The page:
Elections 2012 and DDoS attacks in Russia

By Vitaly KamlukAs Eugene Kaspersky had written earlier, we were expecting new DDoS attacks on resources covering the Russian presidential election. So, as the country went to the polls on 4 March, we were on the lookout for new DDoS attacks.We were surprised to hear a news report from one mass media source that claimed a series of attacks from foreign countries had targeted the servers responsible for broadcasting from polling stations. The announcement came at about 21:00, but there was no trace of any attack on our monitoring system. The media report did not clarify exactly what sort of attacks had been staged. Instead of a DDoS attack, the journalists might have been referring to a different method of seizing unauthorized access, such as an SQL injection.

Vitaly Kamluk

Vitaly Kamluk

As Eugene Kaspersky had written earlier, we were expecting new DDoS attacks on resources covering the Russian presidential election. So, as the country went to the polls on 4 March, we were on the lookout for new DDoS attacks.

We were surprised to hear a news report from one mass media source that claimed a series of attacks from foreign countries had targeted the servers responsible for broadcasting from polling stations. The announcement came at about 21:00, but there was no trace of any attack on our monitoring system. The media report did not clarify exactly what sort of attacks had been staged. Instead of a DDoS attack, the journalists might have been referring to a different method of seizing unauthorized access, such as an SQL injection.

But, just as we were about to conclude the 2012 poll would pass off without any DDoS attacks, a command to target webvybory2012.ru (which was broadcasting from webcams set up in polling stations around Russia) and cikrf.ru (Russia’s Central Election Committee) was given. The command came at about 22:30 Moscow time and at least two botnets were used to bombard the servers with false requests.

At around 1 a.m. the botnets’ owners seemed to realize that the attacks were futile and halted them. Attacks on several other resources were also terminated. Instead of this, the botmasters decided to combine the efforts of at least two botnets and attack the servers of 16 web addresses assigned to the domain name webvybory2012.ru.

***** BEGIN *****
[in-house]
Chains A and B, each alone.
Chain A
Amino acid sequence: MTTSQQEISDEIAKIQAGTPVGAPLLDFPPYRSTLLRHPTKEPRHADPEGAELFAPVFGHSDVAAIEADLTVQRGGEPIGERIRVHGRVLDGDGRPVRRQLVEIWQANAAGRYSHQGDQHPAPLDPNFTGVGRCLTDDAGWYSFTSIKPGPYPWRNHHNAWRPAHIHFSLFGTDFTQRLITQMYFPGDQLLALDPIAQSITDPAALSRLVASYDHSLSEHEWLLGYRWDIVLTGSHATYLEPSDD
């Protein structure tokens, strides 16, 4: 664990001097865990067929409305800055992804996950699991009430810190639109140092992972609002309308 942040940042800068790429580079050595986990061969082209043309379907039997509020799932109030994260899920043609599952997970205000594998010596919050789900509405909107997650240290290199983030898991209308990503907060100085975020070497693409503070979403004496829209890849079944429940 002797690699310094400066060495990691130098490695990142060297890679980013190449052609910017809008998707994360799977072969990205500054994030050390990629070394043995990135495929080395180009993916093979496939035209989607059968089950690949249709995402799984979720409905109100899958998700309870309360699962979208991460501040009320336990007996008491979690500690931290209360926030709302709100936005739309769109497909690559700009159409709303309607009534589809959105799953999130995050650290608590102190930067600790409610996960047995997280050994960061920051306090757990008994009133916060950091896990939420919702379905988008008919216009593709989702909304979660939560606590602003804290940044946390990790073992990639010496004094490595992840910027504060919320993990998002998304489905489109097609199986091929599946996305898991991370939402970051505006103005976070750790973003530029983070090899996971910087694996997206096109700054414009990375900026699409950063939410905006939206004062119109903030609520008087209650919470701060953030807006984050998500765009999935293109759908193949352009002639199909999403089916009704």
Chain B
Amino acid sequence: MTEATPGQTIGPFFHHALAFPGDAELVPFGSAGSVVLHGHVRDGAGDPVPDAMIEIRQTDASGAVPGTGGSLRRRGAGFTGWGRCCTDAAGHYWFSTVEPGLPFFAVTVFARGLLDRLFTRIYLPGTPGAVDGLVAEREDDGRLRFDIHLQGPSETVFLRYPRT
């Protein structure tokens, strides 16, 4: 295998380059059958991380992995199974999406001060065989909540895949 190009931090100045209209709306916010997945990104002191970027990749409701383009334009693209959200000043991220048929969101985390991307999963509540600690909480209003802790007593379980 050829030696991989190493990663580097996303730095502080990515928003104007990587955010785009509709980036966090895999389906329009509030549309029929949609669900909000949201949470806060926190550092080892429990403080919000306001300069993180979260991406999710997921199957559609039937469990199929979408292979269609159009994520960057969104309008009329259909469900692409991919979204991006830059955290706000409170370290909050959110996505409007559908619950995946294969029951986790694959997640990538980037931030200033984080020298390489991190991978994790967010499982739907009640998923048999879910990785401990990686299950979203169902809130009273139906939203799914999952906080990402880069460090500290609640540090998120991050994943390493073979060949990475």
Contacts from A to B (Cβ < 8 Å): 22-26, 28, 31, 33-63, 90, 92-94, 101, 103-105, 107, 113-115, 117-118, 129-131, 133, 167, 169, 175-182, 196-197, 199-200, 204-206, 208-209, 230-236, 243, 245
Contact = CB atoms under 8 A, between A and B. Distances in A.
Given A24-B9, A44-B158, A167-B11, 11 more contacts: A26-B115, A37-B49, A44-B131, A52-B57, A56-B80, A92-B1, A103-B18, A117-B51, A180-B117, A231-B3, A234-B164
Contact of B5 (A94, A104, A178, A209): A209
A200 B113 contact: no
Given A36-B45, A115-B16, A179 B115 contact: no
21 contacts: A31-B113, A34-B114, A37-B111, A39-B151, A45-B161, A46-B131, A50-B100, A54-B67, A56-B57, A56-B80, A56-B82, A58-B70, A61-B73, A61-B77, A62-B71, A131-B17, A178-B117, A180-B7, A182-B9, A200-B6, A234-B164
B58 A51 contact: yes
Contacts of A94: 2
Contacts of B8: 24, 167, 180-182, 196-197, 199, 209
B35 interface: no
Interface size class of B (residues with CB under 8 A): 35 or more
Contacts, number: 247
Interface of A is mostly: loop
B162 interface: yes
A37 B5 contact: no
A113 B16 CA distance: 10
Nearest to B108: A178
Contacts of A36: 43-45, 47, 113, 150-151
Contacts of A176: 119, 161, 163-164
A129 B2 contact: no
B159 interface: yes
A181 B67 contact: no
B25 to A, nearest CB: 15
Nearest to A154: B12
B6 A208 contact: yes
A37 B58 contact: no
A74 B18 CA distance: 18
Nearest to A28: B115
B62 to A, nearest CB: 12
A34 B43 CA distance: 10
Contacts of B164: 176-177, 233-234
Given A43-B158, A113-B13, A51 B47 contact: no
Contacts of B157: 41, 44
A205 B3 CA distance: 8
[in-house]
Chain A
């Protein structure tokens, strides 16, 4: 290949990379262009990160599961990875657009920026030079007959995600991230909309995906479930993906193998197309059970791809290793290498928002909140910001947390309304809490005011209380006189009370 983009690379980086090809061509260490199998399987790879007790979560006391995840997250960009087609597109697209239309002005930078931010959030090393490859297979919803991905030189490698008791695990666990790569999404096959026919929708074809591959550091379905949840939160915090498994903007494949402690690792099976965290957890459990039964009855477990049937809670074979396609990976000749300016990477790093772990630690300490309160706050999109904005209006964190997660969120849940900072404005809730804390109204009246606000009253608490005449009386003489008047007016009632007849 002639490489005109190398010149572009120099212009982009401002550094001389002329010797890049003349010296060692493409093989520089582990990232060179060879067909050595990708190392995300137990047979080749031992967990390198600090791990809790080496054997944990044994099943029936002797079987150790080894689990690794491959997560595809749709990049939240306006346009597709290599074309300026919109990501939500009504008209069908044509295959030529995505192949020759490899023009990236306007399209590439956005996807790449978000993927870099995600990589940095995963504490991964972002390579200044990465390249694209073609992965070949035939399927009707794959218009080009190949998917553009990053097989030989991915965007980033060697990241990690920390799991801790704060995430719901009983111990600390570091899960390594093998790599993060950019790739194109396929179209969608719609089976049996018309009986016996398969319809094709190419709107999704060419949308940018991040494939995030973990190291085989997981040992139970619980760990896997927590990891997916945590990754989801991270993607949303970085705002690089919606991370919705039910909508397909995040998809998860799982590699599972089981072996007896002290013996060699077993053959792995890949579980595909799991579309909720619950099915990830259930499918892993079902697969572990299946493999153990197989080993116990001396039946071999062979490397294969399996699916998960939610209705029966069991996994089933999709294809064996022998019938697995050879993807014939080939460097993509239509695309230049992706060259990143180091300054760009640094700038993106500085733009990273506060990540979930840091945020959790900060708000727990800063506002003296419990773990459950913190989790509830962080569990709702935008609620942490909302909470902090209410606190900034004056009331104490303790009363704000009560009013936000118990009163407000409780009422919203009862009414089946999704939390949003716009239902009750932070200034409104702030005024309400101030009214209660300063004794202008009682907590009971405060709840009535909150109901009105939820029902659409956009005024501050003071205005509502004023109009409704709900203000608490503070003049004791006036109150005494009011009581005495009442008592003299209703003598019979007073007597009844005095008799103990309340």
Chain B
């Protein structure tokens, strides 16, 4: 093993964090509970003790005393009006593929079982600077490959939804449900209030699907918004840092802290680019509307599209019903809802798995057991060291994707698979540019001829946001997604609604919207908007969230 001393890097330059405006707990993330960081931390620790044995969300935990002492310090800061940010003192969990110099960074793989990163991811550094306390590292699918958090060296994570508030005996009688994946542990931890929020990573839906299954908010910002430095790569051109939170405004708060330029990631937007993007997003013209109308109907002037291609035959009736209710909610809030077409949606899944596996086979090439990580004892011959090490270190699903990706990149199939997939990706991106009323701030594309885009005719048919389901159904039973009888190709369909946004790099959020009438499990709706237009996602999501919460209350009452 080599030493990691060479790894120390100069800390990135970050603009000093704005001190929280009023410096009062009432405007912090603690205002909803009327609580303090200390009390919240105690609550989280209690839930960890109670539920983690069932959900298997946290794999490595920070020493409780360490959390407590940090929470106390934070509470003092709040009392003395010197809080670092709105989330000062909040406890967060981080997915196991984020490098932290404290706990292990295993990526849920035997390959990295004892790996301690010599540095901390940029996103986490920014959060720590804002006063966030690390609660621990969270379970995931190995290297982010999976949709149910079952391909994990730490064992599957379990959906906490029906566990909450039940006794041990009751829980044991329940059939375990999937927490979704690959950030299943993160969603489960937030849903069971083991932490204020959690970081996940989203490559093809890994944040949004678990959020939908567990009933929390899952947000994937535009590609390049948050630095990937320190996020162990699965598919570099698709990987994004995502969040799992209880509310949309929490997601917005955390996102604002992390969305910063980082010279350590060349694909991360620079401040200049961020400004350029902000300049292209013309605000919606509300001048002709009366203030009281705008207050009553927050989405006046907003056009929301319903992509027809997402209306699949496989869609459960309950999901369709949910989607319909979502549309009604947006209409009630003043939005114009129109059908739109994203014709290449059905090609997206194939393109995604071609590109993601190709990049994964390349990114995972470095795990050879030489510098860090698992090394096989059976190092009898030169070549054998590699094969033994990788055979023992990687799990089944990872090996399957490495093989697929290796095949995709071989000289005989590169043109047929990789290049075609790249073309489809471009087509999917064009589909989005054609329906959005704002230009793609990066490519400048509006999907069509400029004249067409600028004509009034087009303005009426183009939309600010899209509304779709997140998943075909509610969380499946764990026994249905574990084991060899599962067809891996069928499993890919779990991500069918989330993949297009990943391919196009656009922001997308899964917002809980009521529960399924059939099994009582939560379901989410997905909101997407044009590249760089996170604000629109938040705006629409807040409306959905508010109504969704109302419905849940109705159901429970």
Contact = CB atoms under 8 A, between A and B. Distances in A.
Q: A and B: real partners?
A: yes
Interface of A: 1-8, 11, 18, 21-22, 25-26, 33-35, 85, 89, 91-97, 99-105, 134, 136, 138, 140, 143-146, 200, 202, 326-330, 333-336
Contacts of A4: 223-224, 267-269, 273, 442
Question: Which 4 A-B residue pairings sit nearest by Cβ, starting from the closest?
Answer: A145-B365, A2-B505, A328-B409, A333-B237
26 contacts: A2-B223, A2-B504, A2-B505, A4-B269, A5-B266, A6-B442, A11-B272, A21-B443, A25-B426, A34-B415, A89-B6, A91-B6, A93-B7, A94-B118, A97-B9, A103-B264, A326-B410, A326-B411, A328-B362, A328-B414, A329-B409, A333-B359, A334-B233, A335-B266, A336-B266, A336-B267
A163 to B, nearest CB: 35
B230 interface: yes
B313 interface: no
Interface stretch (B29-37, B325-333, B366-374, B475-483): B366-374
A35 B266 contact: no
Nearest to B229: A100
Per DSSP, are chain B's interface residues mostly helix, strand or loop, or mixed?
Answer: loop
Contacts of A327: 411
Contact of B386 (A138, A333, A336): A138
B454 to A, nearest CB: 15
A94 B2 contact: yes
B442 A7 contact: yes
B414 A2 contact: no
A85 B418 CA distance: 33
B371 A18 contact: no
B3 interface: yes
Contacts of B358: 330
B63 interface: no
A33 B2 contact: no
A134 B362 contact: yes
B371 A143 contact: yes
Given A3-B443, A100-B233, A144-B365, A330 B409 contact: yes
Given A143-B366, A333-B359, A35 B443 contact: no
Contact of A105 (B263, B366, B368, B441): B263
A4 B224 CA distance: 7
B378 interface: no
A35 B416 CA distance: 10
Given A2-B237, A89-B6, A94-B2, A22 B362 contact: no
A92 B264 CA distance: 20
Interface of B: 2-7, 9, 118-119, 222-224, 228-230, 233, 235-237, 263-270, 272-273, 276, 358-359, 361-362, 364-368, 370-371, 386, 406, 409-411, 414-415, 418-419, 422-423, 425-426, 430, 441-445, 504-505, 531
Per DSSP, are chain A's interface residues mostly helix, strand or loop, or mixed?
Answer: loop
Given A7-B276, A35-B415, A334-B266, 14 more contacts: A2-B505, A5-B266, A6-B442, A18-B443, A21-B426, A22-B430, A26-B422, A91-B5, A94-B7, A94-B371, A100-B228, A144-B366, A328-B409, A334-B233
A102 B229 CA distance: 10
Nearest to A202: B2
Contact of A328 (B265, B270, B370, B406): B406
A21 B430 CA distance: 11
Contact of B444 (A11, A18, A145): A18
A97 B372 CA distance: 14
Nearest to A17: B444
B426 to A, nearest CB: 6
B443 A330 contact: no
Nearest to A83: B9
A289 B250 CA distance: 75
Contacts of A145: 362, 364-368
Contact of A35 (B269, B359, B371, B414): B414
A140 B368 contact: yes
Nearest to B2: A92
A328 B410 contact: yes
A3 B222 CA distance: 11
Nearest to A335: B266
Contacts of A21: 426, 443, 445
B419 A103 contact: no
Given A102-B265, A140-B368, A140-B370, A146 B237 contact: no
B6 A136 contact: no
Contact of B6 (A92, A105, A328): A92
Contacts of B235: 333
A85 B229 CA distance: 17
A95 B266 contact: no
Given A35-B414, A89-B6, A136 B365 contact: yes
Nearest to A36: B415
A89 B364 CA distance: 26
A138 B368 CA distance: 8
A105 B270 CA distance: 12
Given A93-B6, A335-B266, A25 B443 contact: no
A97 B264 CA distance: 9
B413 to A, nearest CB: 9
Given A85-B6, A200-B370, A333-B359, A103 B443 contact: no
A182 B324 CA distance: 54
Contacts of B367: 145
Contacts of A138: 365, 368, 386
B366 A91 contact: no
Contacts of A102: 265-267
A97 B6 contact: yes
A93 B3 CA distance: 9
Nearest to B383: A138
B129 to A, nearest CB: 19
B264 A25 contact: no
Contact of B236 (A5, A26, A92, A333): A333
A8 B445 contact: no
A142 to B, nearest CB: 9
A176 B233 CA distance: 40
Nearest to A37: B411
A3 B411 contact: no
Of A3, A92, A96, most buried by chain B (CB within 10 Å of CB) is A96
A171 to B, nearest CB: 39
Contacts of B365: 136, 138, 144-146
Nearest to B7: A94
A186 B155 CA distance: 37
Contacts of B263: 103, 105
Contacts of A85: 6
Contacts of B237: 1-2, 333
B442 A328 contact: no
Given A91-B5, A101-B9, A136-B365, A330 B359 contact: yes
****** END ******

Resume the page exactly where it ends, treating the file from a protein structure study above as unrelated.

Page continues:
By 3 a.m. these attacks were also terminated from the botnet control server. We can only guess as to why, though they were likely to have been stopped because the attacks were ineffective. The computing power and the Internet channel capacity allocated to the website were enormous.

The websites webvybory2012.ru and cikrf.ru are currently accessible and appear to be functioning normally.

There is one intriguing detail here. Eugene Kaspersky wrote in his blog: “It can’t be long before we observe a DDoS attack between two political parties based on one and the same botnet.” Well, that day might already have come. The attacks on webvybory2012.ru and cikrf.ru were carried out from the same botnet which attacked news resources in the Russian provincial city of Ufa, including cik-ufa.ru, journalufa.com and openufa.com, a few weeks ago.

We will keep on monitoring DDoS activity in Russia and keep you informed of new attacks.

*Vitaly Kamluk is Chief Malware Expert, Global Research and Analysis Team, Kaspersky Lab

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Discussion

  • Augis on

    I myself being the target of dedicated hackers in the past (for my previous site) can say that the best way to fight them is to "frustrate them back" - that is to keep your cool and be able to get the site back in less time than it takes for hacker to compromise it.

    F*** the hackers!!

    redhotrussia.com

     

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